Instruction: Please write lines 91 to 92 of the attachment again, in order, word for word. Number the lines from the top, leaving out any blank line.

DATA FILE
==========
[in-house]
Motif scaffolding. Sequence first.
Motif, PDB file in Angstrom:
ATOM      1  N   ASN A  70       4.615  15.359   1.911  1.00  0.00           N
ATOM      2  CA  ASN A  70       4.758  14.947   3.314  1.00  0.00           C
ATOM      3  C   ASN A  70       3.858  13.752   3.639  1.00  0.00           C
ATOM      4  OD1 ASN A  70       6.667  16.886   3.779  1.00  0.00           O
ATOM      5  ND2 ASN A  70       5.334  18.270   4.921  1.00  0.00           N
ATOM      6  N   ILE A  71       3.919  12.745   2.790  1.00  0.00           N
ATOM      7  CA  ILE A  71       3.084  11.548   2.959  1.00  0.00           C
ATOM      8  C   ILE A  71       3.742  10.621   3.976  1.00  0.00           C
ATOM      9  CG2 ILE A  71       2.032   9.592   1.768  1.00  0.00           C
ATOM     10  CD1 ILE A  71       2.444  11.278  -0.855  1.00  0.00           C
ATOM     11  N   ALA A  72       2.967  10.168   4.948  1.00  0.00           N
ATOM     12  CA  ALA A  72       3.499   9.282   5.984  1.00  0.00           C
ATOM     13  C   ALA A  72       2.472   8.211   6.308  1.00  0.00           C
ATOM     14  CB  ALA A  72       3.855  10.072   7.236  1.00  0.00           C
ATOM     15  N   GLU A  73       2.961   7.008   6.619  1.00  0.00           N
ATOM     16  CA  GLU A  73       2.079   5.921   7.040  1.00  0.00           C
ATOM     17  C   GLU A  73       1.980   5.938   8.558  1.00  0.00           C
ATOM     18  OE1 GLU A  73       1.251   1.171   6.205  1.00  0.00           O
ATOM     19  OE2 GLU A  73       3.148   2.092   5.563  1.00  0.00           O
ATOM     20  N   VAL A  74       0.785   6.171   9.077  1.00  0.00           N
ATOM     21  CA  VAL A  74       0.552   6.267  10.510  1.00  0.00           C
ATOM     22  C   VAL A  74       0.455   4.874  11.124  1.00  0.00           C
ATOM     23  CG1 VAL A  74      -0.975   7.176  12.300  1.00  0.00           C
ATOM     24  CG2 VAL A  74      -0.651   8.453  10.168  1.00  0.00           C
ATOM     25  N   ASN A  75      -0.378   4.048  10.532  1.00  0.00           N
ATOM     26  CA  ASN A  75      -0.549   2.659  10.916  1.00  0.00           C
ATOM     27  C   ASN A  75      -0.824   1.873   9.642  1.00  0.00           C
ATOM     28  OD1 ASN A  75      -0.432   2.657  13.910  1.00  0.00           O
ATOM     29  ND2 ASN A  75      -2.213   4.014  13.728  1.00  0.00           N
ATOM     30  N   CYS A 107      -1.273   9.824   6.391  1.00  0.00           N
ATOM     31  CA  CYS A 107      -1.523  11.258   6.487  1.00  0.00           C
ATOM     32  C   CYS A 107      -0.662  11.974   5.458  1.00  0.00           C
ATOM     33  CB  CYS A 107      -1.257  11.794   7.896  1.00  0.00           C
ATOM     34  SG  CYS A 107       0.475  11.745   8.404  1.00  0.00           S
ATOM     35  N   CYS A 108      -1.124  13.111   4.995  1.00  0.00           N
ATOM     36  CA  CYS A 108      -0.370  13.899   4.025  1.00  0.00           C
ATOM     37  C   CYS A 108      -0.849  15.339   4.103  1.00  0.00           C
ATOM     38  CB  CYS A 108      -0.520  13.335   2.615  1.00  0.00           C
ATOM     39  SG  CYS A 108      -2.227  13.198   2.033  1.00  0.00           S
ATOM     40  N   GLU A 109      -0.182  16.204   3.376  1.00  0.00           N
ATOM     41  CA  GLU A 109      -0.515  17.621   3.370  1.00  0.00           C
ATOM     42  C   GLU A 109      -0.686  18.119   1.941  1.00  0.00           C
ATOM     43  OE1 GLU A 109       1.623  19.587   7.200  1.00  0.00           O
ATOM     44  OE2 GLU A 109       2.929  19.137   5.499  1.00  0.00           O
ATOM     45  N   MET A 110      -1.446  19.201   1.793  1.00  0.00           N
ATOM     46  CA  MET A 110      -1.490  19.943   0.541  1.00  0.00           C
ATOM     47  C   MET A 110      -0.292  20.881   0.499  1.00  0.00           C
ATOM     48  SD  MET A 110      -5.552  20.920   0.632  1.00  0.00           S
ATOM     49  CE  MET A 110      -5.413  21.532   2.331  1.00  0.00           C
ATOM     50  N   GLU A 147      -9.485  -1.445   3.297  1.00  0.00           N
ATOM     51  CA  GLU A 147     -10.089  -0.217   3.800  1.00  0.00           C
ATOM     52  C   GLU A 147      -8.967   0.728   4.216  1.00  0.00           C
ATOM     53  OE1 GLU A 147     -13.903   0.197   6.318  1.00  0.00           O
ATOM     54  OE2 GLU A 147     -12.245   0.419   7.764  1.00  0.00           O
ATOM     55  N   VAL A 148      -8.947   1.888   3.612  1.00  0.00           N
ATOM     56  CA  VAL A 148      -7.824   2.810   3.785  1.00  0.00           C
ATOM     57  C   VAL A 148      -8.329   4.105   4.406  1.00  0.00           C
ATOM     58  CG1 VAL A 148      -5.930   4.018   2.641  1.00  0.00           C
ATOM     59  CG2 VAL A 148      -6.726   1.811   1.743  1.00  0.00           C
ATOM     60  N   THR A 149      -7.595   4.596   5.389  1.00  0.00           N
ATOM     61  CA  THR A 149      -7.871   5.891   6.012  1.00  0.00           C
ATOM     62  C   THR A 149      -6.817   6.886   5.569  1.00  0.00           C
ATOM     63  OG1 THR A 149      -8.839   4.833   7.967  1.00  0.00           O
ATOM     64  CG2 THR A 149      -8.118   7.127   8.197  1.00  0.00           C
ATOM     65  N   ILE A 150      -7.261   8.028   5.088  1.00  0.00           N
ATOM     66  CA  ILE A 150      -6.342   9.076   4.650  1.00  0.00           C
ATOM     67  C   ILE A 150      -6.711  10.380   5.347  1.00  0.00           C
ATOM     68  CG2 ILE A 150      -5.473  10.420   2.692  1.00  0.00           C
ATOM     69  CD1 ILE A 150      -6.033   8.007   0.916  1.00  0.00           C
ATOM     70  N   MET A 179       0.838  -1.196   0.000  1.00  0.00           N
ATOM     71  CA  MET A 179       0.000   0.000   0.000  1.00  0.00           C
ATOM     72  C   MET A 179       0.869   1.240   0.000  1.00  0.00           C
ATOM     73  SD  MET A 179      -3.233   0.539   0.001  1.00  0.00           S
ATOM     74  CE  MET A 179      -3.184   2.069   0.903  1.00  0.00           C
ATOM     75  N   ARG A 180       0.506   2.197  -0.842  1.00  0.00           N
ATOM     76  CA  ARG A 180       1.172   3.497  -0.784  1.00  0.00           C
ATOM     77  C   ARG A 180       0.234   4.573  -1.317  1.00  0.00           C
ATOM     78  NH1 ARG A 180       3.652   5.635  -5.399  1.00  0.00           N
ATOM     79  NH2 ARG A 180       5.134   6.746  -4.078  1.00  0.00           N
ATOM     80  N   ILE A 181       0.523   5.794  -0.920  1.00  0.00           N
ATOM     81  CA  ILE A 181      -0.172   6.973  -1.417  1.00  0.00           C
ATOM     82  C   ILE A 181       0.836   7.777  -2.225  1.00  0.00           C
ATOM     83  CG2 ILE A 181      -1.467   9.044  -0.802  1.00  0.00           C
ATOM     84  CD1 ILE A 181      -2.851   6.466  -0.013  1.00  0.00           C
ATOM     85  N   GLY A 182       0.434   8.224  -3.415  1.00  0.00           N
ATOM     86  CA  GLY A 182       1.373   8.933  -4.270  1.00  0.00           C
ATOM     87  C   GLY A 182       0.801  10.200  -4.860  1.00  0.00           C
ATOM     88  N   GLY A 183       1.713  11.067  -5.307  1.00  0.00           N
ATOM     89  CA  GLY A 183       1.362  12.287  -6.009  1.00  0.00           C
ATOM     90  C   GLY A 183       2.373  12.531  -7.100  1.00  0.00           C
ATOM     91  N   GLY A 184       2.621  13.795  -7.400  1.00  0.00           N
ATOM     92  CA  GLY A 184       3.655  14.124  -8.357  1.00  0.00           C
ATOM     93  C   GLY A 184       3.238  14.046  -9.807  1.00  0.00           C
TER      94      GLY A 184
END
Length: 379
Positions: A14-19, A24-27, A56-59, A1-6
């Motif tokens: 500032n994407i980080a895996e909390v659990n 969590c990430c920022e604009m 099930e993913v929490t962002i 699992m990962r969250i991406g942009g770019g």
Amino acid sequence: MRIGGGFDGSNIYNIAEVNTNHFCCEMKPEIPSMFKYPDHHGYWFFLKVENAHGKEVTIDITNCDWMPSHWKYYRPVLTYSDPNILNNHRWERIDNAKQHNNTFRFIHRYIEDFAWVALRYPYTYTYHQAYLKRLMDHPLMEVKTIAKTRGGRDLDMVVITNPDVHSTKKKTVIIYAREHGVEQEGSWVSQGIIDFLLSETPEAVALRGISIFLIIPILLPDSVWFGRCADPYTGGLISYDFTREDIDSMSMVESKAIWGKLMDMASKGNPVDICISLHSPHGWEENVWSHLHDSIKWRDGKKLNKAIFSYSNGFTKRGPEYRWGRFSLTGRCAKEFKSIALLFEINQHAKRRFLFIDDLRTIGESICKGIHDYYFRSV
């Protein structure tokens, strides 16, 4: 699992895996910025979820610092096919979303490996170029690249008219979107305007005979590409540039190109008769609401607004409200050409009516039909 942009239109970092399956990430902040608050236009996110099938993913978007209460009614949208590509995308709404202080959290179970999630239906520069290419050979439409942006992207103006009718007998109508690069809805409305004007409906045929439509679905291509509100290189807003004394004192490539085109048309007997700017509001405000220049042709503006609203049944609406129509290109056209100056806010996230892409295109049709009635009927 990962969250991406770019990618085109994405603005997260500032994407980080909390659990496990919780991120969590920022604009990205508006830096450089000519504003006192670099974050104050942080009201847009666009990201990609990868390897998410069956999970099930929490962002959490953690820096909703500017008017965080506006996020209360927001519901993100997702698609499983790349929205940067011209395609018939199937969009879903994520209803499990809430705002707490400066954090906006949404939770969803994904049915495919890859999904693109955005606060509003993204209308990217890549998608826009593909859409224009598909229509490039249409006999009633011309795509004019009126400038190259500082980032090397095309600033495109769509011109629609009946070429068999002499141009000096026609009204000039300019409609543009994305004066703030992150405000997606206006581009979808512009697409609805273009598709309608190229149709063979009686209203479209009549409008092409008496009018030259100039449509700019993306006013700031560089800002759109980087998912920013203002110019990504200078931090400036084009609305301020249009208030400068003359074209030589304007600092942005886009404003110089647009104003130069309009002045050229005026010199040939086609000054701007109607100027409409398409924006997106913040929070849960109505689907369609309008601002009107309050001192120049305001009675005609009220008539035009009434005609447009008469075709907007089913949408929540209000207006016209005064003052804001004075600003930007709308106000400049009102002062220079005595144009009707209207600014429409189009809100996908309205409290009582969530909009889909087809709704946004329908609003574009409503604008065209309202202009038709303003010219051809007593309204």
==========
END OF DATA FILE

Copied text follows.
ATOM     88  N   GLY A 183       1.713  11.067  -5.307  1.00  0.00           N
ATOM     89  CA  GLY A 183       1.362  12.287  -6.009  1.00  0.00           C